Reviews - Page 88

Giving you our points of view on the latest docs in release and on the circuit.

Preach, Pauline! ‘What She Said’ Celebrates the Legacy of Pauline Kael

What She Said: The Art of Pauline Kael (USA, 95 min.) Dir. Rob Garver Most film critics can name the review that got them hooked. For me, it was Manohla Dargis’s review of A History of Violence for the New York Times. It was a marvel to read a New York based critic who completely understood the film’s decidedly Canadian sense of humour. Reading Dargis’s review was as much of a thrill as watching the film, if not more. She dug into the film, studied it within the context of its production, and celebrated David Cronenberg’s subversive elevation of a potboiler by playing

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‘Botero’ a Family Affair

Botero (Canada, 84 min.) Dir. Don Millar The art of Fernando Botero has a peculiar, if distinctive, shape. His paintings, drawings, and sculptures share virtually the same figures and traits. They feature rotund characters in classically styled portraits. Think the Mona Lisa with three chins, chubby cheeks, a pear-shaped figure, and an overall doughy personality. Botero, the documentary by Don Millar, argues that the Colombian-born painter and sculptor is the most famous artist working today. But does this claim mean that Botero is any good? Millar obviously adores Botero. His documentary is the work of a true fan. He clearly has

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‘Chasing Einstein’: Into the Unknown

Chasing Einstein (USA, 80 min.) Dir. Steve Brown, Timothy Wheeler Albert Einstein’s equation of E = MC2 might be the most famous scientific theory of our time, but does it add up? Chasing Einstein, by Steve Brown and Timothy Wheeler, follows a field of dedicated researchers eager to add to Einstein’s theory of relativity. Voices ranging from New York Times columnists to haughty vloggers have questioned Einstein’s theory. They suggest that Einstein’s theory in which energy and mass are equal generally holds up, but they also argue that there must be more to the equation. Chasing Einstein follows this line of inquiry. For the chorus of

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‘Golda’: When a Leader Prefers Not to Choose

Golda (Israel/Germany, 88 min.) Dir. Sagi Bornstein, Udi Nir, Shani Rozanes Former Israeli Prime Minister Golda Meir makes two especially memorable comments in the archival excerpts of Golda. She says that she barely slept while holding the top office from 1969-1974. Meir reveals that these sleepless nights were of her own choosing. Worried that she might miss some major news while resting, she advised her underlings to call her intermittently throughout the night. One can only wonder what the course of history might have been had the late Meir been well rested while decided the fate of the world. The second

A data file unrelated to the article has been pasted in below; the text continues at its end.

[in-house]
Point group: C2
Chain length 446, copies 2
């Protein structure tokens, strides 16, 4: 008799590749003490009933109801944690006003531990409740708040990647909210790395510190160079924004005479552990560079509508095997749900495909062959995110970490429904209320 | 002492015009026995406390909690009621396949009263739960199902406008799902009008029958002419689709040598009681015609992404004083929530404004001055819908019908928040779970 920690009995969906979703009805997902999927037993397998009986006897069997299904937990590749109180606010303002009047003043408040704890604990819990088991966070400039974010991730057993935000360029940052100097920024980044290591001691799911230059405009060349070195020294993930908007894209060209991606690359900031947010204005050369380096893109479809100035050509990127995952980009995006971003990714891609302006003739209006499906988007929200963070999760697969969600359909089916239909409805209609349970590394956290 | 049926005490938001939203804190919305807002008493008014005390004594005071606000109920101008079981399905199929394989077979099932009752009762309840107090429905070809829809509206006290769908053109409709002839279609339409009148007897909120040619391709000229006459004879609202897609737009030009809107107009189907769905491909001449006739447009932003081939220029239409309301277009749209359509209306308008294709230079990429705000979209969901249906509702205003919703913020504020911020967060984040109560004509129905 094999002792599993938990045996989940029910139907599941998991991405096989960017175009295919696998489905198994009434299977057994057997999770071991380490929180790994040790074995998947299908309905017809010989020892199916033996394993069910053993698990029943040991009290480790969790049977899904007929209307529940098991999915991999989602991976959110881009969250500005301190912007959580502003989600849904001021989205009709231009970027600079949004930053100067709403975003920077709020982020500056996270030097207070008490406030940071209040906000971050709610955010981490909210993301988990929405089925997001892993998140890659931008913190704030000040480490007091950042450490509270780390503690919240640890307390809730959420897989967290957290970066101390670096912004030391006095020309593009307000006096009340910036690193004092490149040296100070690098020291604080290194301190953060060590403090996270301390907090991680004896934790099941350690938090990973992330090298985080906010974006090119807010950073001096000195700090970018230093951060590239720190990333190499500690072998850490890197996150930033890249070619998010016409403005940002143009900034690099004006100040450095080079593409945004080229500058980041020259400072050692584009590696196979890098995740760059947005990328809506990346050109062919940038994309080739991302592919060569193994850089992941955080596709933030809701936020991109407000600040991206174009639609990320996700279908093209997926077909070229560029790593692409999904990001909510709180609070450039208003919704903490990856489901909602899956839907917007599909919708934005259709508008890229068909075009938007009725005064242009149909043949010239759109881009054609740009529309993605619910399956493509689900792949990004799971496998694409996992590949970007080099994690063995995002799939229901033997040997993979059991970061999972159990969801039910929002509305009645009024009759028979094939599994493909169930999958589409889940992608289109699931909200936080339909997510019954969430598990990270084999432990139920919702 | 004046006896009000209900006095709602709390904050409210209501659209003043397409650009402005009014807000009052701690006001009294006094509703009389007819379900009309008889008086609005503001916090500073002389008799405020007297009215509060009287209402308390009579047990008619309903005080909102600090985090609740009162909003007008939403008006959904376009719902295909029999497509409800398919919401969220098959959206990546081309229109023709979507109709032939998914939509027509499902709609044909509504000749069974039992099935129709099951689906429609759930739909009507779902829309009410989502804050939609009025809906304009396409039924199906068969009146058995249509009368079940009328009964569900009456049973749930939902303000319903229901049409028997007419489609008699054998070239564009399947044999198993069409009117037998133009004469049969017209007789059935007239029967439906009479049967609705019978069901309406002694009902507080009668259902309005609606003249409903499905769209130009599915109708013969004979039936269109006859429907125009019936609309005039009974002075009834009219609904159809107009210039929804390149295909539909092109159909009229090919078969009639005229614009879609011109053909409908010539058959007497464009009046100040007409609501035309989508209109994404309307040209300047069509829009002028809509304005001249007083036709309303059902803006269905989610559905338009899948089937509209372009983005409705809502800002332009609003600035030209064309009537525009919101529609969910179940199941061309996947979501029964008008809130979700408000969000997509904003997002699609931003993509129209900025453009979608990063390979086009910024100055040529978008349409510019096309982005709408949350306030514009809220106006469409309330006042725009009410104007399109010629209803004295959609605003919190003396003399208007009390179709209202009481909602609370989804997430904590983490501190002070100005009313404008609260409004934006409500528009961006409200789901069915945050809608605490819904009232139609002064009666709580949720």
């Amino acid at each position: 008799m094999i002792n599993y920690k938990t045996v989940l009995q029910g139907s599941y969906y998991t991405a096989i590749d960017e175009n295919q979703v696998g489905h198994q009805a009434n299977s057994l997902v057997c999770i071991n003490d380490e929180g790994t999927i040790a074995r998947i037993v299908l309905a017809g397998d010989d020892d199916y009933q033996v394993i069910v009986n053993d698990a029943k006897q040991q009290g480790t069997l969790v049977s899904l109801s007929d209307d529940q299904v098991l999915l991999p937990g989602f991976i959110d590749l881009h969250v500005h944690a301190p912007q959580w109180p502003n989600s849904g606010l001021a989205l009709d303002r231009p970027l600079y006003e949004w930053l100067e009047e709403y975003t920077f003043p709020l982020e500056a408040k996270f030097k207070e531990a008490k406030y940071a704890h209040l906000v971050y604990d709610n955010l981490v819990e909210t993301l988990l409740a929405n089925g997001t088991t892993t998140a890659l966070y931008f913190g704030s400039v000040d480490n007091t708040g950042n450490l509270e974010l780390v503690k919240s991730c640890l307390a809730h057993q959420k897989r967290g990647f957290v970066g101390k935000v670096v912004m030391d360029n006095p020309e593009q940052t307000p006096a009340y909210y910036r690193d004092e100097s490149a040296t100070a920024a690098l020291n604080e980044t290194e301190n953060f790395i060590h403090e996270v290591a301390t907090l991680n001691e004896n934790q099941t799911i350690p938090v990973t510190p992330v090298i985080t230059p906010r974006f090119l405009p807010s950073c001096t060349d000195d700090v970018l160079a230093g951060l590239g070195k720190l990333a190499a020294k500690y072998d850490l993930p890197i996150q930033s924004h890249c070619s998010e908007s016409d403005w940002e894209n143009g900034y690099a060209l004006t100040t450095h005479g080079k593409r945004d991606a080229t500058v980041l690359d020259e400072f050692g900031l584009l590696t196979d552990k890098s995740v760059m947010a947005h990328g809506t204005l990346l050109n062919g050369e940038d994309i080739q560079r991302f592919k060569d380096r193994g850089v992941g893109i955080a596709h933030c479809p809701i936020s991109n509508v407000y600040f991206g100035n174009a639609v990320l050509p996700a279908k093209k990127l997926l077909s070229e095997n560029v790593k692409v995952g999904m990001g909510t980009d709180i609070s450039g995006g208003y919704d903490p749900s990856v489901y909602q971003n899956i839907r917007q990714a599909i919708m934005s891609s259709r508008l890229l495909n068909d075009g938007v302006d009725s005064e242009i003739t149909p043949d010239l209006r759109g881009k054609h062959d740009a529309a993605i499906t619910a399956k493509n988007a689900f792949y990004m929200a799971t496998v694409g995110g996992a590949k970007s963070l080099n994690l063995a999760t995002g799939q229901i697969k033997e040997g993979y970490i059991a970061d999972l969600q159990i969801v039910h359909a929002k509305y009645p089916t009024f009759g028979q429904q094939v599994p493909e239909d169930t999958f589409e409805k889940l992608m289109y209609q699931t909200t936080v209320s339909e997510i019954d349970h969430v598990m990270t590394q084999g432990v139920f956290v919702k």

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‘Nomad’ and a Wondering, Wandering Herzog

Nomad: In the Footsteps of Bruce Chatwin (UK, 86 min.) Dir. Werner Herzog “The world reveals itself to those who travel on foot,” says Werner Herzog in Nomad. The indefatigably prophetic director quotes himself while relating his book Of Walking in Ice to his latest film. The book recounts Herzog’s trek on foot from Munich to Paris to visit a dying mentor. Herzog’s new film evokes a journey both different and similar. He embarks on a nomadic quest to honour the life of his late friend, Bruce Chatwin, thirty years after the journeyman’s death. The film might be Herzog’s most personal film to date. It’s

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Molly Ivins Doc Proves Everything’s Bigger and Better in Texas

Raise Hell: The Life and Times of Molly Ivins (USA, 93 min.) Dir. Janice Engel You can take the girl out of Texas, but you can’t take the Texas out of the girl. Raise Hell: The Life and Times of Molly Ivins pays tribute to a late journalist from the Lone Star state who was bigger and better than many of her peers. Media buffs and newshounds will enjoy Janice Engel’s portrait of Ivins and the standard of journalism she embodied. The film celebrates the life and work of a voice that captured the attention of readers across America. With her thundering

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‘Highwire’ Review: Balancing Canada/US Relations

Highwire (Sur la corde raide) (Canada, 82 min.) Dir. Claude Guilmain Living in the shadow of the United States of America, Canadians may often feel, or be likened to, a little sibling. But perhaps living next door to a bully is also a reality that Canadians quietly acknowledge. The situation might be more obvious today with a bigger and louder bully in the sandbox, yet the Canadian-American relationship is a special bond that every Prime Minister must stickhandle. Claude Guilmain’s timely documentary Highwire examines the delicate balancing act of asserting Canada’s place in the world while respecting its neighbouring ally. The film

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RIDM Review: ‘Present.Perfect’

Present.Perfect. (USA/Kong, 124 min.) Dir. Shengze Zhu In 2017, over 422 million Chinese followed online “anchors,” linking up to their “showrooms.” The “anchors” are video bloggers live-streaming whatever is going on in their lives and minds at any given moment; the “showrooms” are streaming platforms. Zhu Shengze’s two and a half hour extravaganza draws from 800 hours and ten months of online showrooming. She focuses on twelve anchors with a few of them taking on hefty roles in the film while others appear only fleetingly. Except for one of the anchors, the stars of Present.Perfect. are eccentric, damaged, disabled, or all three.

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